I’ve spent a fair amount of time writing about costs and people lately and a quotation attributed to Alan Shepard (the astronaut) came to mind that sums up the pivot point perfectly. Alan Shepard, was reported to say of his time in space:

“It’s a very sobering feeling to be up in space and realize that one’s safety factor was determined by the lowest bidder on a government contract.”

Many companies, when finding ways to decrease customer service costs turn to outsourcing as a popular panacea.  Adherents promise lower costs and more time to focus on core competencies.  I’m not against outsourcing per se.  But I am against blindly following the outsourcing crowd.  Simply put, outsourcing doesn’t always work.  Here are a few questions to ask before making the leap with your customer service.

  1. How big are the cultural differences between the people? For example are the new employees likely to be more argumentative because that is an accepted part of the culture?  If you’ve ever traveled to the Middle East you know that bargaining and negotiating is as much a part of a business transaction as the product is.  I once negotiated with a cab driver who was so intent on giving the best bargain (compared to his peers) that he offered to pay me.  True to his word – he did!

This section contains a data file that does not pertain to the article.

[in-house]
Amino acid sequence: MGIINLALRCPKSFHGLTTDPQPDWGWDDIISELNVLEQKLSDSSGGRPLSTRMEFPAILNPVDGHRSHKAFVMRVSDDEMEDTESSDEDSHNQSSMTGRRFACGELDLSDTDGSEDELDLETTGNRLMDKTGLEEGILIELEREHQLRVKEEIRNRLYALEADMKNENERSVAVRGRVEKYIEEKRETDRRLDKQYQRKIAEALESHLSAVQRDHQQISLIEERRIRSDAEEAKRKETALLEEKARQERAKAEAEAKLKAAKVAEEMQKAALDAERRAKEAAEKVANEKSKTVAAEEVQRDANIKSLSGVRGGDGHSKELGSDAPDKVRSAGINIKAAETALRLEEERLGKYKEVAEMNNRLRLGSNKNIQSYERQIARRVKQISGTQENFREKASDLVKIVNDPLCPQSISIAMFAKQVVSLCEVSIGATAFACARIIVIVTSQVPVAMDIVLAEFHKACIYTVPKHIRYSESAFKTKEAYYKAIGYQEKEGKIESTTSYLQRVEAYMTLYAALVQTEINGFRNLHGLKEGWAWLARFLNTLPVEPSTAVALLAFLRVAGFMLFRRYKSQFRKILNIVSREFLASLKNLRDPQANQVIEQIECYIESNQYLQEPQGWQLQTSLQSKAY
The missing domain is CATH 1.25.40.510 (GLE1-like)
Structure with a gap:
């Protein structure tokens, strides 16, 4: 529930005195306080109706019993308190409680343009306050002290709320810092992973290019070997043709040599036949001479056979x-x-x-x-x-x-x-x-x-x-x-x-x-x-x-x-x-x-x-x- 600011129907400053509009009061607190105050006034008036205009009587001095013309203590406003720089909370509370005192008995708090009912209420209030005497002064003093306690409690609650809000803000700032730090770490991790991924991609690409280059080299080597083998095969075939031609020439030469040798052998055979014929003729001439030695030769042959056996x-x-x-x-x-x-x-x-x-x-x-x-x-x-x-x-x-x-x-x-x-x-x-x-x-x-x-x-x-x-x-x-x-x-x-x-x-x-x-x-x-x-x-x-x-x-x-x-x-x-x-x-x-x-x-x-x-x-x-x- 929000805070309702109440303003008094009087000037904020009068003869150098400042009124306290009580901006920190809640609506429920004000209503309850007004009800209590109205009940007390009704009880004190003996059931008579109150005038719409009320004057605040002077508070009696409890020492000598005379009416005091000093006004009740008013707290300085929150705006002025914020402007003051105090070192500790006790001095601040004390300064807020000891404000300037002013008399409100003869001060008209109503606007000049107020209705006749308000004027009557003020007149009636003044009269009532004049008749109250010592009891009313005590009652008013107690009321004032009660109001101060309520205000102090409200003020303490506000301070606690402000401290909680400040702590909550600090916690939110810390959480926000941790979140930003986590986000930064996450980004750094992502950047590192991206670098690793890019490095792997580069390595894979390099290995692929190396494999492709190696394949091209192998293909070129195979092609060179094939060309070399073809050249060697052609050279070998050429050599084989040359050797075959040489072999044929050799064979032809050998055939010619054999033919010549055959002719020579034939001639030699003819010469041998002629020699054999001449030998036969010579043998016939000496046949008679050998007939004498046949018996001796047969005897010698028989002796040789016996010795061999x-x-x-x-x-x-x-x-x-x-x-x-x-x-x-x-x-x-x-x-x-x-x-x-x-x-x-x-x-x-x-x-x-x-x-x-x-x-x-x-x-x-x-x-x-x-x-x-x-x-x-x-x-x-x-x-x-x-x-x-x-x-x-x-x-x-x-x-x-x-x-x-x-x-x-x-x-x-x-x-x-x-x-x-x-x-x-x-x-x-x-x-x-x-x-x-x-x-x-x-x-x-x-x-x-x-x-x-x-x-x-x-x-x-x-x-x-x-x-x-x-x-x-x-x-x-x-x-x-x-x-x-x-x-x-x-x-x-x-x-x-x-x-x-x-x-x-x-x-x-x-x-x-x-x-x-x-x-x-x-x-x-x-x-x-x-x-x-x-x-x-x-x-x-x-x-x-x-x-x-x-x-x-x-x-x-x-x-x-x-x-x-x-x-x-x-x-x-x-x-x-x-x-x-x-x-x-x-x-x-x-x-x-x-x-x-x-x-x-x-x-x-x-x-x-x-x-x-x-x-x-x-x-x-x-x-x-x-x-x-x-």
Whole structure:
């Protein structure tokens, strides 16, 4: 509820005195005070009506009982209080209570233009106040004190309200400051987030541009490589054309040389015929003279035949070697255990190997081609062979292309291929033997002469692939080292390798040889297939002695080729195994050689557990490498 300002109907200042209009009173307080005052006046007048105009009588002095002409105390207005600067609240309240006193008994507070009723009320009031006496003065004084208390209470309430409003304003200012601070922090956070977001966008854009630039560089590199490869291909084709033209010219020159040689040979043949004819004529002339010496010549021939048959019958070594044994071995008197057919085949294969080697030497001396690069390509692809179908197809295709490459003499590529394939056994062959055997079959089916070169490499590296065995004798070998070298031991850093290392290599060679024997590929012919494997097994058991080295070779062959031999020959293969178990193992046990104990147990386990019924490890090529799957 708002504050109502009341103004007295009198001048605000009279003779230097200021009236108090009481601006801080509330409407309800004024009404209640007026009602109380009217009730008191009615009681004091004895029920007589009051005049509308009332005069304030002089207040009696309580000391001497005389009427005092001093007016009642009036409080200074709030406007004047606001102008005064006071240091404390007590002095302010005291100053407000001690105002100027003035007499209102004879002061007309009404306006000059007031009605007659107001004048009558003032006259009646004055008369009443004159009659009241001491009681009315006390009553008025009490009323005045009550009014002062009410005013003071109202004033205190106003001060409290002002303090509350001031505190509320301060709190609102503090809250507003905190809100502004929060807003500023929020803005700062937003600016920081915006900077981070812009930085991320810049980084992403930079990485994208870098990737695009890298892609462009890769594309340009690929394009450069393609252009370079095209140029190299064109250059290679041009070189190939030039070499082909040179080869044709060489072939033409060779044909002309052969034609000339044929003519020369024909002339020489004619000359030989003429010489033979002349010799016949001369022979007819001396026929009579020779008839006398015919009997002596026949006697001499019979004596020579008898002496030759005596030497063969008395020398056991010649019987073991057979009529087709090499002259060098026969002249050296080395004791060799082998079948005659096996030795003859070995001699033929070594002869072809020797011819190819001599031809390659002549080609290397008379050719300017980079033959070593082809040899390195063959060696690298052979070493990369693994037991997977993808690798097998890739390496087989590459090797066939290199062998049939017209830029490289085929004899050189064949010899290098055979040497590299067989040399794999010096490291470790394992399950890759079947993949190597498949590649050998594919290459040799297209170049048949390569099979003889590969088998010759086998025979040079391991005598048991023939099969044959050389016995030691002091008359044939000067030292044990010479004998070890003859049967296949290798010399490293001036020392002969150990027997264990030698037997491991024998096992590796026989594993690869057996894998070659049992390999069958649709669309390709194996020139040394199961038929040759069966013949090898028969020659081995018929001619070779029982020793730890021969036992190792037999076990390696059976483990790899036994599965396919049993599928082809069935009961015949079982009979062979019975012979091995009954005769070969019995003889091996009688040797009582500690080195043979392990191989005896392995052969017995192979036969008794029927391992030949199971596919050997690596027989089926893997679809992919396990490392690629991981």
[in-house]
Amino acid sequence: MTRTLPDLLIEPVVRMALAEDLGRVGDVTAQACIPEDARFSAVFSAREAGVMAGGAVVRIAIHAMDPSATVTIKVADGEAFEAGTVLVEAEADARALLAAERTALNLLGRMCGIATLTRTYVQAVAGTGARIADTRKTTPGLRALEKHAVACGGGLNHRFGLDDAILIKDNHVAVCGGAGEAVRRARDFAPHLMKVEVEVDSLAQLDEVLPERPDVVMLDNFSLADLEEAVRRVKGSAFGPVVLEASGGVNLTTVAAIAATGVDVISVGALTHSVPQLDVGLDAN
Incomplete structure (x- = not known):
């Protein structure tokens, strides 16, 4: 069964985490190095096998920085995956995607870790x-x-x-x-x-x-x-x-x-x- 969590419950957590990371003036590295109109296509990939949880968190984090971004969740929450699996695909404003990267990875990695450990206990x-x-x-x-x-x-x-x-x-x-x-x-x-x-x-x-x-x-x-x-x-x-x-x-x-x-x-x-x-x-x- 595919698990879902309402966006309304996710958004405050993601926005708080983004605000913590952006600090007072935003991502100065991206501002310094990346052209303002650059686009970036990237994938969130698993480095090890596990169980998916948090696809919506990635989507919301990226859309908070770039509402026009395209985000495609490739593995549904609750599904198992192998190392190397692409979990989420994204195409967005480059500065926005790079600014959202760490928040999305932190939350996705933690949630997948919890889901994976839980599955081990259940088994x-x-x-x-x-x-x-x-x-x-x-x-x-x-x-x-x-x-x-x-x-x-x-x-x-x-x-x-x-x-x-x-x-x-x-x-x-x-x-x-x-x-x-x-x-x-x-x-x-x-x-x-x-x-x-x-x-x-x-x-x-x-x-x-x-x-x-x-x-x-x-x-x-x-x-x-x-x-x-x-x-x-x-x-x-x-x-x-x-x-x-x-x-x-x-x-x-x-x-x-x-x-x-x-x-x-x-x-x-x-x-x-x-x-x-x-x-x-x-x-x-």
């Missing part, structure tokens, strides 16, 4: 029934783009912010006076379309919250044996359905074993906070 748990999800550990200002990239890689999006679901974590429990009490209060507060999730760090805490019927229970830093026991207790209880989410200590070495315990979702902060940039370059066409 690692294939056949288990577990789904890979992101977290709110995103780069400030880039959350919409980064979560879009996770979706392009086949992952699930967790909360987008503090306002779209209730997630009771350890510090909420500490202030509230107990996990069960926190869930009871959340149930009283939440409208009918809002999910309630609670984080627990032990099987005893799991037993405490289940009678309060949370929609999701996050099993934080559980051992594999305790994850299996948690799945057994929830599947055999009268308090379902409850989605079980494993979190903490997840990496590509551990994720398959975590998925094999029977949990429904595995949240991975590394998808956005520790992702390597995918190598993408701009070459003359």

2. How will your customers react to the outsourcing? One reason customer call centers are placed in the Midwest US is because their speech has a neutral accent.  Not so in India, or New York City for that matter.
  3. What types of problems will new employees handle? If they are very similar then outsourcing may be a good solution because flow charts can provide adequate service.  But delivering the service online (without much human interaction) may be a better solution.  If the problems are highly specialized your customer service team has a chance to make a difference in the total experience.  You won’t want to cut corners on delivering great service in this case.

For us, the pivot point is that the hidden differences in outsourcing are also hidden costs.  When your customers contact you, do you want them to realize that you valued them so poorly that you found the lowest bidder you could find?  If more executives applied Shepard’s comment to customer service, the world would have more satisfied customers (of all products and services).

Apollo Astronauts and Outsourcing
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